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The Insider Pick:
A great refillable water bottle will help you stay hydrated while you’re on the go. Of all the water bottles we’ve tested and researched, the Hydro Flask Wide Mouth is the best one you can buy with its rugged construction and great temperature retention.
Reusable water bottles are a must for anyone who wants to quench their thirst without leaving a trail of landfill-clogging plastic in their wake. But just like travel mugs, choosing a water bottle isn’t as simple as picking the prettiest option or the cheapest one. If your bottle is mostly going to sit on your desk at work, your needs will be very different than if you want a lightweight companion for an epic weekend hike or a leak-proof bottle that can rattle around in your gym bag without soaking everything inside.
Experts have conducted a lot of water-bottle tests, evaluating criteria including weight, design, ease of use, and durability. We read through the most recent tests, as well as thousands of owner reviews on major retail sites to make our picks. We’ve also used a few of these water bottles ourselves.
Our favorite water bottles include a versatile stainless-steel option for the majority of buyers, an inexpensive but reliable plastic bottle when budget is a concern, and a sturdy bottle for glass lovers. We also include picks for anyone who wants a bottle with high-end design and a collapsible water bottle for situations when weight and portability are paramount. You should also check out our guide for the best travel mugs you can buy.
Updated on 05/03/2018 by Lulu Chang: Added a rugged water bottle pick and a collapsible option for travel. Also updated prices.
Read on in the slides below to learn why the Hydro Flask Wide Mouth is our top pick and why you might also like the Camelbak Chute, the Lifefactory Glass, the S’well Stainless Steel, the Vapur Element, the Bear Grylls Triple Wall Vacuum Insulated, and the Hydaway collapsible water bottles.The best water bottle overall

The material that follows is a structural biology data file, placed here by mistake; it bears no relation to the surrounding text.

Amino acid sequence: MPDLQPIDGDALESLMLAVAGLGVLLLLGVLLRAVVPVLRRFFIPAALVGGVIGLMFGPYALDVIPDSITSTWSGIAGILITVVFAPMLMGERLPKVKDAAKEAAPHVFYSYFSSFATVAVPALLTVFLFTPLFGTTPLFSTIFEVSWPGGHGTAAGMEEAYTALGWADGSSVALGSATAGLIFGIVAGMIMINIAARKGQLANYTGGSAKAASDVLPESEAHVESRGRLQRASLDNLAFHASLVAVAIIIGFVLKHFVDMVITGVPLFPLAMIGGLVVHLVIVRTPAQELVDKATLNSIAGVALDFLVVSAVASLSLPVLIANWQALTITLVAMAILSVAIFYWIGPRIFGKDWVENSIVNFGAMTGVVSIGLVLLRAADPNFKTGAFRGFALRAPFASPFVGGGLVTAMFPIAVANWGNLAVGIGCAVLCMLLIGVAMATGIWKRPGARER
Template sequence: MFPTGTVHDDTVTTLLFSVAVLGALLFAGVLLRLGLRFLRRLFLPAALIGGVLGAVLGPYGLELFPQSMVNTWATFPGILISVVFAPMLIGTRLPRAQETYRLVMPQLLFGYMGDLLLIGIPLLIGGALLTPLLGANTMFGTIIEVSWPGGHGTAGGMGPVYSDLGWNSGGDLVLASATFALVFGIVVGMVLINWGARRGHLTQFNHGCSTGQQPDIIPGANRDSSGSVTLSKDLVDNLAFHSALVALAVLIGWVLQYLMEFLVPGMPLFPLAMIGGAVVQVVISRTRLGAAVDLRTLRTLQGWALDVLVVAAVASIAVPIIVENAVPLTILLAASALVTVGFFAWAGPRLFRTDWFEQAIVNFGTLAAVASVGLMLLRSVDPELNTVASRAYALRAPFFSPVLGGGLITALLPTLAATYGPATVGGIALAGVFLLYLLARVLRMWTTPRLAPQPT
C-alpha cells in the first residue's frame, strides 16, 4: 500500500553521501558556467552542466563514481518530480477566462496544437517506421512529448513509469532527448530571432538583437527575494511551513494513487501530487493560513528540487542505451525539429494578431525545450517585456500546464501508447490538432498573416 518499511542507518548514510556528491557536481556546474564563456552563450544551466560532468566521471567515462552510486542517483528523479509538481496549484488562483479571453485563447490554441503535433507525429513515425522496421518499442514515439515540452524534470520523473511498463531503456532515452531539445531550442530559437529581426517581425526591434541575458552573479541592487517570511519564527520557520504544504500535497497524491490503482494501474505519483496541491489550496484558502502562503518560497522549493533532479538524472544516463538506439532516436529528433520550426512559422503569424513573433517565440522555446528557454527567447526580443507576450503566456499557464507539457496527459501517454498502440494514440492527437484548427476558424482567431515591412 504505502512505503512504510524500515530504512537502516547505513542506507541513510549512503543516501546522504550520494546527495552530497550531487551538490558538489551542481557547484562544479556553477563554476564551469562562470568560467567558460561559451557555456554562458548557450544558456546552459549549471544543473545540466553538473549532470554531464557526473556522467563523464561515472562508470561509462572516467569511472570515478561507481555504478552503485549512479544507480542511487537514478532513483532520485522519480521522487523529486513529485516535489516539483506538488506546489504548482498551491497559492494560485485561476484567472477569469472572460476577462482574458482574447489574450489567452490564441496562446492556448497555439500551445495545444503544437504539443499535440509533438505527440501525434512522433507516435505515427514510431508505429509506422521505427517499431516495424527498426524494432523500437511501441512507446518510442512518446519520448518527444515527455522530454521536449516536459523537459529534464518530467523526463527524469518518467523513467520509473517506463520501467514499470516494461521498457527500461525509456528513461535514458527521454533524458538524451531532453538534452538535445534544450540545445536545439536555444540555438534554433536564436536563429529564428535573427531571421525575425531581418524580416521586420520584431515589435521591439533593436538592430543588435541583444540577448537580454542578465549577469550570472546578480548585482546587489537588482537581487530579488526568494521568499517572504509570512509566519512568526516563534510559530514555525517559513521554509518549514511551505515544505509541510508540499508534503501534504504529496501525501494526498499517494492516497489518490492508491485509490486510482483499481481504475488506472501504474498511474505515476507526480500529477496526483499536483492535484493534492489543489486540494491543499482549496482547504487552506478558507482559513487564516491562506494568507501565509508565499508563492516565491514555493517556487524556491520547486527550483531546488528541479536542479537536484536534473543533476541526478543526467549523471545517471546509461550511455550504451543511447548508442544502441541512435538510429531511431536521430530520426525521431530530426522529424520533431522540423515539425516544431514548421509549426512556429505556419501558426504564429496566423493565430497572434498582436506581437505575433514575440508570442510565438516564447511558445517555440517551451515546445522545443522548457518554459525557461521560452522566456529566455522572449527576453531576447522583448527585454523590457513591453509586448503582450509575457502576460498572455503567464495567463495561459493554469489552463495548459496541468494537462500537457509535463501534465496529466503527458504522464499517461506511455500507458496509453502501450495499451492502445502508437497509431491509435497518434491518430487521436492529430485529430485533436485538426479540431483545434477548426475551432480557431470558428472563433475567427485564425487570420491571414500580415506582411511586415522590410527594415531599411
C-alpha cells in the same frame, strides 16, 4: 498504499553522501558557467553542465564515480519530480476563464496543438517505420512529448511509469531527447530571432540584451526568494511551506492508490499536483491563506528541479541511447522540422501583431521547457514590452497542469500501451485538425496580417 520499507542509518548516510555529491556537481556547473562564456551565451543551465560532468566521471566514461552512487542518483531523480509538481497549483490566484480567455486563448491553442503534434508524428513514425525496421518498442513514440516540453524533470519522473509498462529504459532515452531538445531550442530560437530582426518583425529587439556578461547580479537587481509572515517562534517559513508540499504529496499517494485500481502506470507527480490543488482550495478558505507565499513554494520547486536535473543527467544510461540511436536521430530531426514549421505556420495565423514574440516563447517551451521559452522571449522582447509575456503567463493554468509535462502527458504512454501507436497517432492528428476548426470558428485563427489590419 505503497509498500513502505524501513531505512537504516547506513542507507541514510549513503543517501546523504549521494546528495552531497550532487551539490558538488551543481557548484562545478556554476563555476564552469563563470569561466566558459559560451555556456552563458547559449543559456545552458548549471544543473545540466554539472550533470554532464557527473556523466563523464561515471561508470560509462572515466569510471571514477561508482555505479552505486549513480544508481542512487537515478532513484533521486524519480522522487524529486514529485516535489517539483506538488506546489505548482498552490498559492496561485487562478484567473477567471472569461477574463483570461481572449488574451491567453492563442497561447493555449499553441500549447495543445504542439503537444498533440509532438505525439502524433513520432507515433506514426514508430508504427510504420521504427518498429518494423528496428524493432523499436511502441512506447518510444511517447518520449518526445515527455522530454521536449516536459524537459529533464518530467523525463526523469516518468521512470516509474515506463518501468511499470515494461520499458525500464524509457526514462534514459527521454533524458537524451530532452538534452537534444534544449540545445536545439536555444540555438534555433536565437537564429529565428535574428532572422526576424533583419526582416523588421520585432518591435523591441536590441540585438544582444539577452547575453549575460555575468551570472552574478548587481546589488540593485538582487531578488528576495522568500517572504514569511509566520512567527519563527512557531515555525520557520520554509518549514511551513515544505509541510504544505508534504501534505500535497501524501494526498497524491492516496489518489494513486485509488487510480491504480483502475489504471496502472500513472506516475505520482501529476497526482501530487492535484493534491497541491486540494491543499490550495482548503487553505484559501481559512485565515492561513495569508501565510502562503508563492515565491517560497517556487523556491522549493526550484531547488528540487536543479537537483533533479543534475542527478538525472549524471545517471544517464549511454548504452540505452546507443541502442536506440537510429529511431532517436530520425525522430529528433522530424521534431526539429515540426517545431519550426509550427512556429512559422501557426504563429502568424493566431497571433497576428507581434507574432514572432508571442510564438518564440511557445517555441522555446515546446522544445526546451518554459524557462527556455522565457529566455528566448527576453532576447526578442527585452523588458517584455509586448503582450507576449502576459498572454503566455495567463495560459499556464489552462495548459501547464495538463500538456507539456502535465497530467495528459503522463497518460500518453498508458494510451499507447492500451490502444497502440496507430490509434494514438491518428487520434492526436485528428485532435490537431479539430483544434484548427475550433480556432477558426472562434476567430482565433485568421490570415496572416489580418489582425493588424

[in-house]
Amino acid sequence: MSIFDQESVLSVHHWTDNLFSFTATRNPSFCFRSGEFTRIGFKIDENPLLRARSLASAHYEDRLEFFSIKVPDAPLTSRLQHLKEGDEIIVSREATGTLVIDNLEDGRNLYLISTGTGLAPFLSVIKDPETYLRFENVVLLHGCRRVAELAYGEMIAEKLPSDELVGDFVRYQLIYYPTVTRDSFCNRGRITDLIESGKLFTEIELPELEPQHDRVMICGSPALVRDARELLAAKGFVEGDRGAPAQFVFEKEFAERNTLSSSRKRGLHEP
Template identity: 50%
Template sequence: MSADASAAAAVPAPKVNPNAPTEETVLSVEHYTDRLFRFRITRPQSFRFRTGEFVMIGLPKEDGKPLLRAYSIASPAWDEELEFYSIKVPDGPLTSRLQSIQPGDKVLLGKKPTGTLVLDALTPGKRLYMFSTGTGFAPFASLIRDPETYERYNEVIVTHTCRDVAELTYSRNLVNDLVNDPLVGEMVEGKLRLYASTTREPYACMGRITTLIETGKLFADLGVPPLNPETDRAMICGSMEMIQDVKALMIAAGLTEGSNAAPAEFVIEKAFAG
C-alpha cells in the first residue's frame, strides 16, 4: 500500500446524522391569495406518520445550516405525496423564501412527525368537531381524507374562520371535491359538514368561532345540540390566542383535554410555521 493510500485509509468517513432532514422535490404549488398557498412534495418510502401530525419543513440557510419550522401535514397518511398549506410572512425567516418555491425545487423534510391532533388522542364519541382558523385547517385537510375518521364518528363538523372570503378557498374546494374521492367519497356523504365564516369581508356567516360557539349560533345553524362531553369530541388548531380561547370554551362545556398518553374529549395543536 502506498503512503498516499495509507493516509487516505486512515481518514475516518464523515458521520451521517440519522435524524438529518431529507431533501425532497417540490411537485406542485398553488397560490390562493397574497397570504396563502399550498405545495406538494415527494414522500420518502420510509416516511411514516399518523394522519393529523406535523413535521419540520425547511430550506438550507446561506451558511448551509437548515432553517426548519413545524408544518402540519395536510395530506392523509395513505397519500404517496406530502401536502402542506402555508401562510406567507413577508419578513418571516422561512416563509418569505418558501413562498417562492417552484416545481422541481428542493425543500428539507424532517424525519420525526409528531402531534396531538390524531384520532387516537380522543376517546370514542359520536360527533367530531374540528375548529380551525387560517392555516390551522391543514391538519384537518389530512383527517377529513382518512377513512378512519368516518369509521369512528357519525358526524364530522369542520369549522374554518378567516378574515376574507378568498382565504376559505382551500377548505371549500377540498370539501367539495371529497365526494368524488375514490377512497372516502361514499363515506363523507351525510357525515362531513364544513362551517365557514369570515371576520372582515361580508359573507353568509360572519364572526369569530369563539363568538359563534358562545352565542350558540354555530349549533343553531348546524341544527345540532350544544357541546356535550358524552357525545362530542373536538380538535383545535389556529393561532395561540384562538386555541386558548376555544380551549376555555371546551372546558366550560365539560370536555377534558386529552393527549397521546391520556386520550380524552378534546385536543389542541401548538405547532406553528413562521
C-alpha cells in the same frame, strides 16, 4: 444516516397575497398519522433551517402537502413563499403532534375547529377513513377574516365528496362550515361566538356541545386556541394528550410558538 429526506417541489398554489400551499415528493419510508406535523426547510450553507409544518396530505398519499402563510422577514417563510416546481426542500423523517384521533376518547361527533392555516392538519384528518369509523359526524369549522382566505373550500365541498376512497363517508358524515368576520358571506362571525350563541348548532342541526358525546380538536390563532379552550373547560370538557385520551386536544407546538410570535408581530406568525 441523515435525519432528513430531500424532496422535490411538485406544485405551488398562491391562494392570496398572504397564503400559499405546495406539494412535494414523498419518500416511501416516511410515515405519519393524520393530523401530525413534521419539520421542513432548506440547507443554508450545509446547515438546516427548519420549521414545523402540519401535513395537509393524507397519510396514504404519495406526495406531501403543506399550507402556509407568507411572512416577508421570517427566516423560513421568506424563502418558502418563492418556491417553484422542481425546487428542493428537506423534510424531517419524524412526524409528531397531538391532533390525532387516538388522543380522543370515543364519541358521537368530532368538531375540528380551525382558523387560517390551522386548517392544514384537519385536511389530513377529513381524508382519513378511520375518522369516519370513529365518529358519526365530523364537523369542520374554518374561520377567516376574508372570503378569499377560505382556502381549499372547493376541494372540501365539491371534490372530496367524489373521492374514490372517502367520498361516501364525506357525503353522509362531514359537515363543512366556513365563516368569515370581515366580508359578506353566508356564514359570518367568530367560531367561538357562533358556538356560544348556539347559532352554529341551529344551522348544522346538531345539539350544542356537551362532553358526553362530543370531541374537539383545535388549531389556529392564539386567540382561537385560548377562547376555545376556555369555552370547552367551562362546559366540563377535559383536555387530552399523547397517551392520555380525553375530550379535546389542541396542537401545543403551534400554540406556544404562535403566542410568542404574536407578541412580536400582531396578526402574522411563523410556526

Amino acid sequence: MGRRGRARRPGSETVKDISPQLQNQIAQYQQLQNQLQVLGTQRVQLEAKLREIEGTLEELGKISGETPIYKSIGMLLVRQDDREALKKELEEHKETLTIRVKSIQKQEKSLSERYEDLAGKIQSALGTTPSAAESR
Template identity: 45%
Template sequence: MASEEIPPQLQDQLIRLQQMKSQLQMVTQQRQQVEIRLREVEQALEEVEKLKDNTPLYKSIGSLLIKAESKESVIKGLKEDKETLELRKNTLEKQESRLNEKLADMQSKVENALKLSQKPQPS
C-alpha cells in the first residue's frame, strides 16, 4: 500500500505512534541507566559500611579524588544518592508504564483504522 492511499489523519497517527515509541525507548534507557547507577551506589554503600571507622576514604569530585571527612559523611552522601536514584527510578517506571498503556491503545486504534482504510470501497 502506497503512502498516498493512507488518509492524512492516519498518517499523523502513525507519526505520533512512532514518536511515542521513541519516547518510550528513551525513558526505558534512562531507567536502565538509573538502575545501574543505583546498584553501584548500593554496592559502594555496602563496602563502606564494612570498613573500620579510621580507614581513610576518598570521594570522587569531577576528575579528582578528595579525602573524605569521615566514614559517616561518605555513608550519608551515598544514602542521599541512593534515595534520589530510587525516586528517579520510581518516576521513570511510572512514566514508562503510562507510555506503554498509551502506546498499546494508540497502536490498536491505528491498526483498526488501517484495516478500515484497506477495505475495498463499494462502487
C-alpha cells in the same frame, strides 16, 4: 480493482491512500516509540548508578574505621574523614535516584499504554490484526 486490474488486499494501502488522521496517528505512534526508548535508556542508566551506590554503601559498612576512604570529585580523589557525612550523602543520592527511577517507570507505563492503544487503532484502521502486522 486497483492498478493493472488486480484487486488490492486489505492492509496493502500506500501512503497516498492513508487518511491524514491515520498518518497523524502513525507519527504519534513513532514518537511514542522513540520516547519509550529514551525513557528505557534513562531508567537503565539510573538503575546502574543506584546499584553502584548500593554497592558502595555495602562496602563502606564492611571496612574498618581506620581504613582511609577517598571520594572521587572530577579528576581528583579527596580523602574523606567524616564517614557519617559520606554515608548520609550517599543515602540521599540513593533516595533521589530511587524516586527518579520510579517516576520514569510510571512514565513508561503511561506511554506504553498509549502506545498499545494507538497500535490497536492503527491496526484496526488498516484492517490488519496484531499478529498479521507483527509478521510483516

Why you’ll love it: The Hydro Flask Wide Mouth water bottle is durable, keeps water ice cold for hours on end, looks cool, and is easy to use.
Hydro Flask is a great choice if you hate gulping warm water in the summer. It also offers some much-appreciated versatility, with a wide opening that fits three lids depending on your needs: A flip lid with a loop, a flex cap with an even larger loop (included), and a straw lid for more convenient sipping. Users like having the option to switch out lids, and the wide mouth also makes it easy to load this bottle up with ice. You can choose between 18-, 32-, 40- and 64-ounce capacities and a number of fun colors.
During Outdoor Gear Lab’s testing, ice resisted melting for nearly a full 24 hours, and water was ice cold for more than a full day. Outside found that the bottle’s contents warmed one measly degree after 24 hours and noted that it kept a gin and tonic “ice freaking cold” after 14 hours in 90-degree heat. The insulated stainless steel also keeps drinks warm for several hours, so Hydro Flask can pull double-duty as a travel mug for coffee and tea.
This thing is seriously rugged, too. Like all stainless-steel water bottles, it can dent when dropped, but in Outside’s tests, it managed to survive being pelted with large rocks and getting backed over by a Toyota Camry and a Chevy Silverado. After all that punishment, it sustained a quarter-inch dent and one small scratch. It also has a loop on the lid that Your Best Digs says makes it easy to carry one-handed.
What’s not to like? The Wirecutter notes that it’s heavier than other bottles (the 18-ounce version weighs in at 11.6 ounces, the 32-ounce closes in on 1 pound) so serious hikers looking to save on weight might want to consider lighter options.
Some Amazon reviewers complain that the flip top is prone to leaks, so consider sticking with the flex cap if you want to toss your bottle in a bag without worrying. A few also complain of a slight metallic taste. Finally, this bottle is hand-wash only – steer clear if you live and die by the dishwasher. — Saundra Latham
Pros: Very durable, great at keeping drinks cold or hot, easy to use, compatible with three kinds of lids, comes in high-capacity options
Cons: Heavy, expensive, flip top may leak, not dishwasher-safe
Buy the 32-ounce Hydro Flask Wide Mouth from Hydro Flask for $39.95 and up
The best plastic water bottle